People who oppose building more multifamily housing in the Boston region tend to show up and speak at community meetings regarding new development more than proponents. That is according to a new study from Boston University’s Initiative on Cities.
The study tracked data on 2,800 participants at planning and zoning meetings in 97 municipalities in the Boston region from 2015 to 2017. Researchers were able to do so because most area towns and cities require that meeting minutes include the names and addresses of all members of the public who speak.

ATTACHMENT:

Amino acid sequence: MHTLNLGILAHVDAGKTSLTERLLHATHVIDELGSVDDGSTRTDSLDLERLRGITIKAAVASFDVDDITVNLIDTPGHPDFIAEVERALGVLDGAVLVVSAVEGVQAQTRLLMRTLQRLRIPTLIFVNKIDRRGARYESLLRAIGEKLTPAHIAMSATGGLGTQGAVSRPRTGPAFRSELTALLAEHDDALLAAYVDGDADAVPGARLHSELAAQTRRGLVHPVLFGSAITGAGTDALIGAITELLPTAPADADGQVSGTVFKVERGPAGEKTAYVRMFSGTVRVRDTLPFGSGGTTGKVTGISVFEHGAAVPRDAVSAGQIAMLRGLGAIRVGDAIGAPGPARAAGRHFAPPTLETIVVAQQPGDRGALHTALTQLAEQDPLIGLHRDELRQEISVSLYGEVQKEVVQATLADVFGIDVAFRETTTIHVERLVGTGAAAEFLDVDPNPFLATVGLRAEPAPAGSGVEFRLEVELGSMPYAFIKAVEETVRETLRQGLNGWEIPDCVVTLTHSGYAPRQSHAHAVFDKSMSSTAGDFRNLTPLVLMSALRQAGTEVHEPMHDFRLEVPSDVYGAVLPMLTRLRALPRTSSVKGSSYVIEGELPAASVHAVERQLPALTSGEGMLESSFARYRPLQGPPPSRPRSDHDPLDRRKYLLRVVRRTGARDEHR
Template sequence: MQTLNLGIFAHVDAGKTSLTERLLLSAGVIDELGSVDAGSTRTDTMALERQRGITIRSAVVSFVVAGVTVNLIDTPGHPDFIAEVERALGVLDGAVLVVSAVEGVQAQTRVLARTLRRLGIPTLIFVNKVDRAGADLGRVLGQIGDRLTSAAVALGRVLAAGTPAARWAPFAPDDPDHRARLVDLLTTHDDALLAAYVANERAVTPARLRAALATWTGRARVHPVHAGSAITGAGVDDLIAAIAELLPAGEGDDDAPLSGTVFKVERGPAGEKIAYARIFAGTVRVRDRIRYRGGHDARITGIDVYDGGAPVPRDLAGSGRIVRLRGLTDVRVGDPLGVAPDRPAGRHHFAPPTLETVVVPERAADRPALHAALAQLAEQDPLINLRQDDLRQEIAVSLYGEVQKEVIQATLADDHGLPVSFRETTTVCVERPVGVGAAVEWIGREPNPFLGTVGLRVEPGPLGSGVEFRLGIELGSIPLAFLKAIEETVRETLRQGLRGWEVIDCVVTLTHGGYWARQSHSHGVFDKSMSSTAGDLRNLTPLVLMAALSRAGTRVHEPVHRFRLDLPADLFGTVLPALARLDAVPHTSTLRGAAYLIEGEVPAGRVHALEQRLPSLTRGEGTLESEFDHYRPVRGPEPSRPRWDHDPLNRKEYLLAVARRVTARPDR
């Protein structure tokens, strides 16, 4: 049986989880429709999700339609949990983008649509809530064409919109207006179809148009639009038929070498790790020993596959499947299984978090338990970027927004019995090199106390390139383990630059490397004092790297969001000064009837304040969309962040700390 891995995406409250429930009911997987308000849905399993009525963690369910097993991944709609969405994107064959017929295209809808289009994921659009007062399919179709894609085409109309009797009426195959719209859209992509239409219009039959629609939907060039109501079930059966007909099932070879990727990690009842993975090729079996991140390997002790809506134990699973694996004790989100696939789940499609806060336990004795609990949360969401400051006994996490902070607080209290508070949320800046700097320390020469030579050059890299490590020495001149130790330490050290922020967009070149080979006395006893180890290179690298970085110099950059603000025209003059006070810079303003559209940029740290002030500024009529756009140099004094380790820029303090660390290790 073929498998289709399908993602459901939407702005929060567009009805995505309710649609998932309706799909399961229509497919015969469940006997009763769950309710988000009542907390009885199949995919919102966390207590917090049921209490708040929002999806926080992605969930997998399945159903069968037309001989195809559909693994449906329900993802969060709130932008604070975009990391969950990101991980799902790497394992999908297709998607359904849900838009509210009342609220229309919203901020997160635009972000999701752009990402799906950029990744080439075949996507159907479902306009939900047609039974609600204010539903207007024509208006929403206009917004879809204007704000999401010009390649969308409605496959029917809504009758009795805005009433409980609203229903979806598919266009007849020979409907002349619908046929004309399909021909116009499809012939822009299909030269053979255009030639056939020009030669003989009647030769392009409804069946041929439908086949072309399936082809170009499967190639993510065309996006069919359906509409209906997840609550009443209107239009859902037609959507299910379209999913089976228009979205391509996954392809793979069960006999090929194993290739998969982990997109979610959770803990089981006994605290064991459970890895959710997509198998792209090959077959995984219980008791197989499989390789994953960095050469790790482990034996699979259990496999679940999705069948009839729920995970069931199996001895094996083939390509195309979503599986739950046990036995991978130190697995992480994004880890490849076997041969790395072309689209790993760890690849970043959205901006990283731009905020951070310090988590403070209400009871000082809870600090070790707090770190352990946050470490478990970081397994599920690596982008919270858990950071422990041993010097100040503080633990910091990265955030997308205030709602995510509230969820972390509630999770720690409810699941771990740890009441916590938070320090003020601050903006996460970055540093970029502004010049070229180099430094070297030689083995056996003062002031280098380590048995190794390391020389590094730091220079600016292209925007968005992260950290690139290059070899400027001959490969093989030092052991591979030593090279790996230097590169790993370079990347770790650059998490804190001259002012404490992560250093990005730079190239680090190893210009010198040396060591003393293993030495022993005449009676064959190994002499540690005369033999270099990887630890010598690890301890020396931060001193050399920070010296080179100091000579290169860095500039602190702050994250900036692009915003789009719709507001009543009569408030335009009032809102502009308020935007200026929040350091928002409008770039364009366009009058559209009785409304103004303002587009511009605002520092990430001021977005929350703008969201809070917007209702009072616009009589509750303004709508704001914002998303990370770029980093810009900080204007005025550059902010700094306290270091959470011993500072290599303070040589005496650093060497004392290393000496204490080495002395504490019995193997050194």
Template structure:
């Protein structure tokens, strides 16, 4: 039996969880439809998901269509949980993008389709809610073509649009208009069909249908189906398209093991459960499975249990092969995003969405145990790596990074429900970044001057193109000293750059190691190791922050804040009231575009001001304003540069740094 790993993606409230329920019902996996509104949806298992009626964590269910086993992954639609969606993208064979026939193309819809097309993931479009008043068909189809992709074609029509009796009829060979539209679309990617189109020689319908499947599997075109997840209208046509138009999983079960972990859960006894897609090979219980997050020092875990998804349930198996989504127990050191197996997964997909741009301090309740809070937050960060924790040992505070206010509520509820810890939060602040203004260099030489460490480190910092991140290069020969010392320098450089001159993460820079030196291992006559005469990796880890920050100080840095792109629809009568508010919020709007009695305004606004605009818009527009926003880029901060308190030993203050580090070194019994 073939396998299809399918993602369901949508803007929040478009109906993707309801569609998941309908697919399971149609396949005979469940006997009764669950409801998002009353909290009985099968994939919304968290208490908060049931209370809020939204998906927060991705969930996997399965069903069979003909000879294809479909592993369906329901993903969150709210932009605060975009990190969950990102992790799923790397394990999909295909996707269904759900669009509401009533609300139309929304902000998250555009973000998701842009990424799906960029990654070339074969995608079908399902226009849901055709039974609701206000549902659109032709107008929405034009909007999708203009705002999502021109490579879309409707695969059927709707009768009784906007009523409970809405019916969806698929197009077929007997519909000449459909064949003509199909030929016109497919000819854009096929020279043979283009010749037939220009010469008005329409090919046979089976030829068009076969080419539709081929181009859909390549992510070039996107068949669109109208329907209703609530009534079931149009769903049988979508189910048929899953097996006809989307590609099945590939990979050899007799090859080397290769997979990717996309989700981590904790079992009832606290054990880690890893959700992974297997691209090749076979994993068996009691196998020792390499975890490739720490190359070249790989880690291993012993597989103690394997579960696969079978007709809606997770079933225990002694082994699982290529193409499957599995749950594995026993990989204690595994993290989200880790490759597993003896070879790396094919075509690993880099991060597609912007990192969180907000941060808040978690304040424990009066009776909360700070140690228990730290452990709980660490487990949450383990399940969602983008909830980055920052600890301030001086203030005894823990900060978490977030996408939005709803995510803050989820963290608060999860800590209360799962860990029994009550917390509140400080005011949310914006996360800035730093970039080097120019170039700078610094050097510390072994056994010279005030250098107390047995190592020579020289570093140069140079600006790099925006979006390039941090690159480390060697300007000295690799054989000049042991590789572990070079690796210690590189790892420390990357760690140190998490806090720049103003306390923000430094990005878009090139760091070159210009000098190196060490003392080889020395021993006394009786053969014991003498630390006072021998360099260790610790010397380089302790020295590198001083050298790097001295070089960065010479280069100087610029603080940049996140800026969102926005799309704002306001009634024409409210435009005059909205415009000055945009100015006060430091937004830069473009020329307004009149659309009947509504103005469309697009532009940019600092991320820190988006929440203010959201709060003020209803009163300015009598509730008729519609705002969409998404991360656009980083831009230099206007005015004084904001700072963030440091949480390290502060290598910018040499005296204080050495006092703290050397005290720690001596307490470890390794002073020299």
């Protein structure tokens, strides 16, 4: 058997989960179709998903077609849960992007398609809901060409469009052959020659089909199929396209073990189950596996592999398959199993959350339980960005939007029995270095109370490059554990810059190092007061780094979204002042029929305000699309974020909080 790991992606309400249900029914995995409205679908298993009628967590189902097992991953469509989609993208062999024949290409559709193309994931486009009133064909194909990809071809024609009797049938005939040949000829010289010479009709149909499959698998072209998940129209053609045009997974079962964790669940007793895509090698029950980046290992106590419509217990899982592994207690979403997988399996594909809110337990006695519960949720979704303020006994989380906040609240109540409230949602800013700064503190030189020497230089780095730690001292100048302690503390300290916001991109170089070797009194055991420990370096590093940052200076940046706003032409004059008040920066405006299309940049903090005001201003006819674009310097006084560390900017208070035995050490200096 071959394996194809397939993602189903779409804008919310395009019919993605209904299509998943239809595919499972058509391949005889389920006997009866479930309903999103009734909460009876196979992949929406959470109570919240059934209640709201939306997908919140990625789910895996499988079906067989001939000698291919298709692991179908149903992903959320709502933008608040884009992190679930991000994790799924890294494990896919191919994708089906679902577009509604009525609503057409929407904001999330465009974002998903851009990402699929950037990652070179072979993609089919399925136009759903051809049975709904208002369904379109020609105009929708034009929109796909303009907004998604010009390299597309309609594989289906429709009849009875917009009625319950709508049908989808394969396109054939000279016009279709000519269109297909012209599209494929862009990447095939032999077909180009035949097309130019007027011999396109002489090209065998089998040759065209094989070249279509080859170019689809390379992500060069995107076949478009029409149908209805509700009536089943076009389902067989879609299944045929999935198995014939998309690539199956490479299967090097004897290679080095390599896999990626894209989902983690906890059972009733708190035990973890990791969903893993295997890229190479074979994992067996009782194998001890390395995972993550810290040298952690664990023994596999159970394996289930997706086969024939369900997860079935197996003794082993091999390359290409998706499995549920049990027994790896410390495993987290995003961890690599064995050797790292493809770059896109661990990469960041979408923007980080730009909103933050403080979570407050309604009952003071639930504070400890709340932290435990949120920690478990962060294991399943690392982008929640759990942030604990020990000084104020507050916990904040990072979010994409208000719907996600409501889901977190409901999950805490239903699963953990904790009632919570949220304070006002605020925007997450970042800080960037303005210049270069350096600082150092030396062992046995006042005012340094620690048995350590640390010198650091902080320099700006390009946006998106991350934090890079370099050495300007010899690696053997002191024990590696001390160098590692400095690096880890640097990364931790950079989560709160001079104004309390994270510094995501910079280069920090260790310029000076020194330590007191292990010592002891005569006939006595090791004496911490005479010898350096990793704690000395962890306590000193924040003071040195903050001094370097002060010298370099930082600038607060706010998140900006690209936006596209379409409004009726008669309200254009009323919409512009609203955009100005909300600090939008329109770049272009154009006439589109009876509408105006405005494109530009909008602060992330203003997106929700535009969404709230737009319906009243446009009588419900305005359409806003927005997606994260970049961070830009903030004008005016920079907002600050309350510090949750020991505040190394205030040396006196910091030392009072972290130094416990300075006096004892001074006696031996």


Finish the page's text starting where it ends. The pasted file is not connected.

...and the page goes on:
The big takeaway from the study? “Participants were much more likely to oppose new development,” according to academic and editor Richard Florida. “Nearly two-thirds (63 percent) of all comments were in opposition to proposed housing projects, compared to just 15 percent in support and 23 percent that were neutral.”
The BU study noted that such a pattern strongly suggested that the community meetings incentivized attendance by opponents of multifamily housing much more than proponents.
So those opponents—most of whom tend to be older and more affluent, according to the study—turn out and turn up the rhetoric, leading to policies and decisions that obstruct apartment projects in a region that desperately needs new housing.
The study’s conclusions probably do not surprise some hereabouts who have long lamented the influence of the Not In My Backyard set (a.k.a. NIMBYs). What’d you think?